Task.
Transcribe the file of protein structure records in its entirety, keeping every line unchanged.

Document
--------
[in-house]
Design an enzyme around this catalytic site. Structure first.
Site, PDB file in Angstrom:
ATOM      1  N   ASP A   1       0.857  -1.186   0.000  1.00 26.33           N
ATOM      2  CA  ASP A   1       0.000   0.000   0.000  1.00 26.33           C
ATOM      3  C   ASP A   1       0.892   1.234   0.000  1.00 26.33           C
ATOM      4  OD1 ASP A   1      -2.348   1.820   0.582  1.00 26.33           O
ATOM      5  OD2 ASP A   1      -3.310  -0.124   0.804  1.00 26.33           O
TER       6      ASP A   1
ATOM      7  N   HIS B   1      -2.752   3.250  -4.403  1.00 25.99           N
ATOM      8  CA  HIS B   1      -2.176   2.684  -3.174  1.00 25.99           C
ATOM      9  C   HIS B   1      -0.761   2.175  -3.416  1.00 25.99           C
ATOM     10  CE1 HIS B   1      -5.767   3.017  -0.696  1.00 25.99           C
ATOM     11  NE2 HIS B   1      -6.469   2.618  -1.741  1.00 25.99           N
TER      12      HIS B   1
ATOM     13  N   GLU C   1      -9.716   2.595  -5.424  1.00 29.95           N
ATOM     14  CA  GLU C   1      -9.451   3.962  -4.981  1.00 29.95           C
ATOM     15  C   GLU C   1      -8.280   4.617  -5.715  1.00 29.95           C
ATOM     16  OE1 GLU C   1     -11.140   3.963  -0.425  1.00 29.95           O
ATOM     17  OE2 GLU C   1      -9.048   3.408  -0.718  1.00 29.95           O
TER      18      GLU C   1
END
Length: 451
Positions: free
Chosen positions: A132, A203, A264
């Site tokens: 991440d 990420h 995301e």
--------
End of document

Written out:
[in-house]
Design an enzyme around this catalytic site. Structure first.
Site, PDB file in Angstrom:
ATOM      1  N   ASP A   1       0.857  -1.186   0.000  1.00 26.33           N
ATOM      2  CA  ASP A   1       0.000   0.000   0.000  1.00 26.33           C
ATOM      3  C   ASP A   1       0.892   1.234   0.000  1.00 26.33           C
ATOM      4  OD1 ASP A   1      -2.348   1.820   0.582  1.00 26.33           O
ATOM      5  OD2 ASP A   1      -3.310  -0.124   0.804  1.00 26.33           O
TER       6      ASP A   1
ATOM      7  N   HIS B   1      -2.752   3.250  -4.403  1.00 25.99           N
ATOM      8  CA  HIS B   1      -2.176   2.684  -3.174  1.00 25.99           C
ATOM      9  C   HIS B   1      -0.761   2.175  -3.416  1.00 25.99           C
ATOM     10  CE1 HIS B   1      -5.767   3.017  -0.696  1.00 25.99           C
ATOM     11  NE2 HIS B   1      -6.469   2.618  -1.741  1.00 25.99           N
TER      12      HIS B   1
ATOM     13  N   GLU C   1      -9.716   2.595  -5.424  1.00 29.95           N
ATOM     14  CA  GLU C   1      -9.451   3.962  -4.981  1.00 29.95           C
ATOM     15  C   GLU C   1      -8.280   4.617  -5.715  1.00 29.95           C
ATOM     16  OE1 GLU C   1     -11.140   3.963  -0.425  1.00 29.95           O
ATOM     17  OE2 GLU C   1      -9.048   3.408  -0.718  1.00 29.95           O
TER      18      GLU C   1
END
Length: 451
Positions: free
Chosen positions: A132, A203, A264
């Site tokens: 991440d 990420h 995301e």